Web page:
American Rubyspot

I have seen black dragonflies, green damselflies, green dragonflies, and blue. However, until this past week- I had never seen a red dragonfly or a red damselfly.


This brilliant red damselfly is known as an American Rubyspot. My son Sebastian and I discovered it as we were wading in Cypress Creek. (Cypress Creek is located in northwest Alabama). My ten year old son, who is usually someone that isn't overcome with hyperbole, upon seeing this damselfly exclaimed, "that is a pretty dragonfly!"

The scientific name of this insect is Hetaerina americana. Hetaera is a reference to ancient Greek courtesans- courtesans were a "special class" of educated female companions. Naming this brightly colored, dainty damselfly after courtesans seems like a good idea. Ironically, as with many other animals- it is the male that is the more brilliant and striking gender of the species. The Rubyspots in the accompanying photos are both male. The female is much less brilliant and has no red colorations.

Damselflies are interesting. Like dragonflies, their eyes take up most of their head. Damselflies are more dainty then their dragonfly cousins. Whereas the dragonflies have their wings stretched out stiff, affixed atop and perpendicular to their body; damselflies keep their wings folded and parallel to their body.
Thankfully, this insect is more than just a pretty face. Damselflies enjoy dining on mosquitos. From childhood, when they are but nymphs living in the water, until adulthood, damselflies are voracious eaters of mosquitos. As nymphs they eat the mosquito larvae and as adults they can catch and eat the flying mosquitos.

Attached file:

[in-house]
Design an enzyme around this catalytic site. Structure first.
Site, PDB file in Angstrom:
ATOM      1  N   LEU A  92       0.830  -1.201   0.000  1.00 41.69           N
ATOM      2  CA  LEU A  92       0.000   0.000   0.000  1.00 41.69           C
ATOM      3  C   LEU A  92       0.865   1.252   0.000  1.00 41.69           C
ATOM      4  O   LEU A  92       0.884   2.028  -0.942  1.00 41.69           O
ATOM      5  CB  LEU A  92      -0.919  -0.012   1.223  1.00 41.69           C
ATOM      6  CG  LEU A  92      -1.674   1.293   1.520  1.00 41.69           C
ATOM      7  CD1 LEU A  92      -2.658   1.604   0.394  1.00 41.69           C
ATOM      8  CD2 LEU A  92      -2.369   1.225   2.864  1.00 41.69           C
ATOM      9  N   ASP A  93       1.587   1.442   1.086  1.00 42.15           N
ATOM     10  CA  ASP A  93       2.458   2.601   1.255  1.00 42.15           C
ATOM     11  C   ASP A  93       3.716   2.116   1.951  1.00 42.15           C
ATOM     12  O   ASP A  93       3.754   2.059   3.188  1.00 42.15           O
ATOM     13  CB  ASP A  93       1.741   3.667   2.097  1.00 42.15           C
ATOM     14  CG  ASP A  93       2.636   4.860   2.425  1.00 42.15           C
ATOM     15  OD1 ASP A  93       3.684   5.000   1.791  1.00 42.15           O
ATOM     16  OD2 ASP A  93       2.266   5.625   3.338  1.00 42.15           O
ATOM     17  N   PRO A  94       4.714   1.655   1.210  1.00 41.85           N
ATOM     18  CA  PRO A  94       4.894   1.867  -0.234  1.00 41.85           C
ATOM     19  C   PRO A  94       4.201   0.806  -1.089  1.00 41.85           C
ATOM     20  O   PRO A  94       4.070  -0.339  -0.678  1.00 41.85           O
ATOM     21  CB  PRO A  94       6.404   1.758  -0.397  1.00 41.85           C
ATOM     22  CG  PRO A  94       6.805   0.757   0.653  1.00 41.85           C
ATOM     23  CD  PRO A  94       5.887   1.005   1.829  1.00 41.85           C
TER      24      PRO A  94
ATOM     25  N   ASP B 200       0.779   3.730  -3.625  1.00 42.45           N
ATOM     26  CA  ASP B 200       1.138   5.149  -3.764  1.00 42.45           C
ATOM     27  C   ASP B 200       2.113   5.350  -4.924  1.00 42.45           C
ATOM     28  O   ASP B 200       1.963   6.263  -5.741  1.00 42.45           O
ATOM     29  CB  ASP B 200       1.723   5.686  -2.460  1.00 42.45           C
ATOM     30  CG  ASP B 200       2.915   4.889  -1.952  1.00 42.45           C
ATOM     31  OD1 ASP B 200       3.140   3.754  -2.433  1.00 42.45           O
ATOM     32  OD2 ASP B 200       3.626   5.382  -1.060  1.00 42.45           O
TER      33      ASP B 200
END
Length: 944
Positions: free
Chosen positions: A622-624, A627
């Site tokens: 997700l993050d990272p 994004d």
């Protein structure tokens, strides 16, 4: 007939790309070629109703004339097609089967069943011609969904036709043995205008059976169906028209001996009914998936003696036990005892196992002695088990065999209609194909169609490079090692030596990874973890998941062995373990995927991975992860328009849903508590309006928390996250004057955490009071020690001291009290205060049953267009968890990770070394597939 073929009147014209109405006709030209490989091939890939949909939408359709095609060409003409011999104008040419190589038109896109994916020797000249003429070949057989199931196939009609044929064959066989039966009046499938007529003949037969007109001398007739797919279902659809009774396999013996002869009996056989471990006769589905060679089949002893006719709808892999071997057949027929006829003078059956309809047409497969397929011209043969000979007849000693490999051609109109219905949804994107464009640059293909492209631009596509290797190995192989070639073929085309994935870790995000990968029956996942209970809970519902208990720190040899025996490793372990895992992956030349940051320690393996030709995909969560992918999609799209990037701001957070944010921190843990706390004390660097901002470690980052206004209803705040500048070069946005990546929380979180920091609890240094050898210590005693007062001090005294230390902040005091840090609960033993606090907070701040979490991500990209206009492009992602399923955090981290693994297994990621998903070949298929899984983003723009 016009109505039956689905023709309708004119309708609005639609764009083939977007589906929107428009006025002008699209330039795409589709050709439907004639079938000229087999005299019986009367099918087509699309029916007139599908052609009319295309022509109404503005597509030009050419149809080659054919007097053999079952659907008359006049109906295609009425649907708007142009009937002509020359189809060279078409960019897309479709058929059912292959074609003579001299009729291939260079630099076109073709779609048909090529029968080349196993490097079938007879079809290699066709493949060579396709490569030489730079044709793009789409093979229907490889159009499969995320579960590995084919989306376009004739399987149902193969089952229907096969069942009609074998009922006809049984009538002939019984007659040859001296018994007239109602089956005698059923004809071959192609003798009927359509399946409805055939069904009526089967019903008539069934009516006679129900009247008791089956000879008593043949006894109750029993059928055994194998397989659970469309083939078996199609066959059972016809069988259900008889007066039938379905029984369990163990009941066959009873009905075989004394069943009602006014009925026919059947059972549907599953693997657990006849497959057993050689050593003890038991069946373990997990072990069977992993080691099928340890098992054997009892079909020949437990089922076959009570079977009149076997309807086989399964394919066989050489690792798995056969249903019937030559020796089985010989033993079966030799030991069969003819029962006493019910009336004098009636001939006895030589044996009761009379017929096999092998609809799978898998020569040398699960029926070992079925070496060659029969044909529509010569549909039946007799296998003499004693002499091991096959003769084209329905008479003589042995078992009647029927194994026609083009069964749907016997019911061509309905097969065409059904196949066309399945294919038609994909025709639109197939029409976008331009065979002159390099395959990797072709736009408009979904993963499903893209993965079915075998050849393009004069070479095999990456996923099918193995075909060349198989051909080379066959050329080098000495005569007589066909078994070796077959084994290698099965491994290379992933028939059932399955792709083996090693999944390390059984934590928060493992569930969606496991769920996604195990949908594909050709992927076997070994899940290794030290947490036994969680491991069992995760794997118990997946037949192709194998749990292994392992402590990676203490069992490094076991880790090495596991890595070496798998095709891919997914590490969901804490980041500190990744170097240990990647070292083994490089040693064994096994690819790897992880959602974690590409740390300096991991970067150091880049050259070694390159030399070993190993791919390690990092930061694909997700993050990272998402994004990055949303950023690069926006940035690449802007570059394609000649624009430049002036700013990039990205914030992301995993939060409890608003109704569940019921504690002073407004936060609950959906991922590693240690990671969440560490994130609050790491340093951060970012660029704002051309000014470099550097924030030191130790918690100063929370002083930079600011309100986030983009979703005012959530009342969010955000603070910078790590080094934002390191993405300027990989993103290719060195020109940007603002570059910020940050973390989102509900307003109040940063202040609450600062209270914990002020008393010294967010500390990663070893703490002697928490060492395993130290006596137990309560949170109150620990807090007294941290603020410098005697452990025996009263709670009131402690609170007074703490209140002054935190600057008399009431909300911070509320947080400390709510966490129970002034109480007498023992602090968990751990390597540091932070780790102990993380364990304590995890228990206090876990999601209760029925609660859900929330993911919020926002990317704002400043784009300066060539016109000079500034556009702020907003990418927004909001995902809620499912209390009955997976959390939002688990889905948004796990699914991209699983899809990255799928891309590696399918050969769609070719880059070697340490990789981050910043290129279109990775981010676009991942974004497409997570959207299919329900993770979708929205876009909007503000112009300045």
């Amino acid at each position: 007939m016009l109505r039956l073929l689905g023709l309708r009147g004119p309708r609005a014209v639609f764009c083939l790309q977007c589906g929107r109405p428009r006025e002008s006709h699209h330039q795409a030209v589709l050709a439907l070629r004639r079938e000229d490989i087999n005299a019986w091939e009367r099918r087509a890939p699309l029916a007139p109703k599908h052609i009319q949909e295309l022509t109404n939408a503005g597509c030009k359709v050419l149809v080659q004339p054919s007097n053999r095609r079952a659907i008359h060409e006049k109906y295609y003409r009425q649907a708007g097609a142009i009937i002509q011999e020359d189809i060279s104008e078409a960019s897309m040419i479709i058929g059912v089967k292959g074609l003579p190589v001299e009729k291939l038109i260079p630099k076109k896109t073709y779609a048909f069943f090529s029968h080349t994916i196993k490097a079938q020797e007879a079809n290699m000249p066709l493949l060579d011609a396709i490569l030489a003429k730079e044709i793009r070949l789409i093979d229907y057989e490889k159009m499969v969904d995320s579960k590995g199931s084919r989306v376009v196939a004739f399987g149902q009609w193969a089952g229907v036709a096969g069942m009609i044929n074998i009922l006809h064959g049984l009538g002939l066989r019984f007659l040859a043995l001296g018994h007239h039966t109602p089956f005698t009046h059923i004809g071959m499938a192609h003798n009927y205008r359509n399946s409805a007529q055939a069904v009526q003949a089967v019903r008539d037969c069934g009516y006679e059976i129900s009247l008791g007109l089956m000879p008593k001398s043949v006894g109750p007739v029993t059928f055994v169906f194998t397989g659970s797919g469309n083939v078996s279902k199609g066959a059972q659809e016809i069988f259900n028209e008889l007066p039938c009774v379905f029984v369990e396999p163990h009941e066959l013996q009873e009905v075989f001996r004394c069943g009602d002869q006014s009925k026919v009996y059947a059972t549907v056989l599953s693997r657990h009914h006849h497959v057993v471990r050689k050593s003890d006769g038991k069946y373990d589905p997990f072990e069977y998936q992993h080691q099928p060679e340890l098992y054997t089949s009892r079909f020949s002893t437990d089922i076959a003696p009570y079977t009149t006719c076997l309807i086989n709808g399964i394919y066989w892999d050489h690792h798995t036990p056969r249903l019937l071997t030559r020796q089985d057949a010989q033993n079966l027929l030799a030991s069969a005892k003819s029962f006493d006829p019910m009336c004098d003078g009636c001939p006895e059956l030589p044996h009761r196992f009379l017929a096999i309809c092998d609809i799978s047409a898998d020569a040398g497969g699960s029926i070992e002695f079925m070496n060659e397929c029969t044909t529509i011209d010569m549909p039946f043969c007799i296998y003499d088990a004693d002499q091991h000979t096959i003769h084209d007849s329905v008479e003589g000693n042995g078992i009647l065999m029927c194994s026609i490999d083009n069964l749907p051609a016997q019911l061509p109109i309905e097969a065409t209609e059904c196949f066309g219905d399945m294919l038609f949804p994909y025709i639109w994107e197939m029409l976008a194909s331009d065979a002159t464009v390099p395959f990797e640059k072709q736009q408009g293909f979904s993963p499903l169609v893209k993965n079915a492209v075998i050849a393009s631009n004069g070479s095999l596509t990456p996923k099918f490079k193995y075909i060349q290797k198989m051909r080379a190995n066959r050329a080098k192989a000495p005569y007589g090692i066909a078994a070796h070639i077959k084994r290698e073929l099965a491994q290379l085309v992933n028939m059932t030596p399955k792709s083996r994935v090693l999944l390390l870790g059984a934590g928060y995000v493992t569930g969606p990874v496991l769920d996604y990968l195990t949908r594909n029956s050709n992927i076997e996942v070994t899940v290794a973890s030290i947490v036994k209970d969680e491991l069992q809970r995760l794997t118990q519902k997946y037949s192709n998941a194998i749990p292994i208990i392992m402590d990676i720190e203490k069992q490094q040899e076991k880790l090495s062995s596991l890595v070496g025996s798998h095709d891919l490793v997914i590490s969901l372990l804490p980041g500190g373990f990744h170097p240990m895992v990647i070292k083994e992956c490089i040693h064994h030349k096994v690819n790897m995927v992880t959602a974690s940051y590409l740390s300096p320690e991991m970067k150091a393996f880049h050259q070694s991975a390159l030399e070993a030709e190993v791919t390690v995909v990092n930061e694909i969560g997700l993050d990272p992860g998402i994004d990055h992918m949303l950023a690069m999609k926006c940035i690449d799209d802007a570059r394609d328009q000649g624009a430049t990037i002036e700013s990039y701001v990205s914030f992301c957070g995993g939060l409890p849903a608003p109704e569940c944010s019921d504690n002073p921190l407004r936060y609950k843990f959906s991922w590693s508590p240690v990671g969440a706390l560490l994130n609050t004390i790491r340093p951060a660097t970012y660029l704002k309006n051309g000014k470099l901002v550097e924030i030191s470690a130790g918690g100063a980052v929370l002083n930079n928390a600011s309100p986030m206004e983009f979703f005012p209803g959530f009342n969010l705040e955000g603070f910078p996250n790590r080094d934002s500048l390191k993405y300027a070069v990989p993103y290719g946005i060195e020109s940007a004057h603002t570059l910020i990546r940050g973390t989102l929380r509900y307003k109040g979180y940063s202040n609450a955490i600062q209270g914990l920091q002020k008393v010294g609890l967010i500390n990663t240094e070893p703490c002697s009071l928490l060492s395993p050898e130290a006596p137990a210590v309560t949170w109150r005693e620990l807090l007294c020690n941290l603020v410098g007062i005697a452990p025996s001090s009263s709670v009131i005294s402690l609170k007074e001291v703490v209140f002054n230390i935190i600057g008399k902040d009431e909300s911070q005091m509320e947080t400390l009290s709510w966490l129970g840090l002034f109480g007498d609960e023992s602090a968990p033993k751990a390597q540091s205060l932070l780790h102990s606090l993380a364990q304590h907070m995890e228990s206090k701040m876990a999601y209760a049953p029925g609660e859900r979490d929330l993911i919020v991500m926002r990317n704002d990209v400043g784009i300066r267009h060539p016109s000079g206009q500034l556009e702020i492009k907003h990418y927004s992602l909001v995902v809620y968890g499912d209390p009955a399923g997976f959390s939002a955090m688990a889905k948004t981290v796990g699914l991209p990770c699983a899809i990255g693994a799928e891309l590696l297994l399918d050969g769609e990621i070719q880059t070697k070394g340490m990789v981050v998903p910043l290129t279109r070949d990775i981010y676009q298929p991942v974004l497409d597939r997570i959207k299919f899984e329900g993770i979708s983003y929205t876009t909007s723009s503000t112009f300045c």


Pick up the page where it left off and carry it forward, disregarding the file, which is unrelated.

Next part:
A old adage that I have heard a few times regarding mosquitos: "God made mosquitos to let us know that we aren't in heaven." Perhaps, but Providence was also kind enough to provide the lovely damselflies and dragonflies to help keep the balance.

I love nature, it never ceases to amaze and fascinate me. The American Rubyspot is a true jewel.


4 comments:

Steve said...

Daniel,

Nice article. I don't recall ever seeing the American Rubyspot either (in my days in NW Alabama). I also did not know the wing difference in Dragon flies vs Damselflies. Thanks for the good research and great pictures.

The Giraffe Head Tree said...

Wow, Daniel. I've never seen a Rubyspot damselfly. Leave it to our Nature at Close Range reporter to track down this illusive winged beauty and tell us all about him! Thanks, Daniel!

Maria said...

good article! we r doing a insect project and i chose the american ruby spot because of its wonderous beauty!

Kari said...

I love seeing them. I don't recall ever seeing so many as where I am now.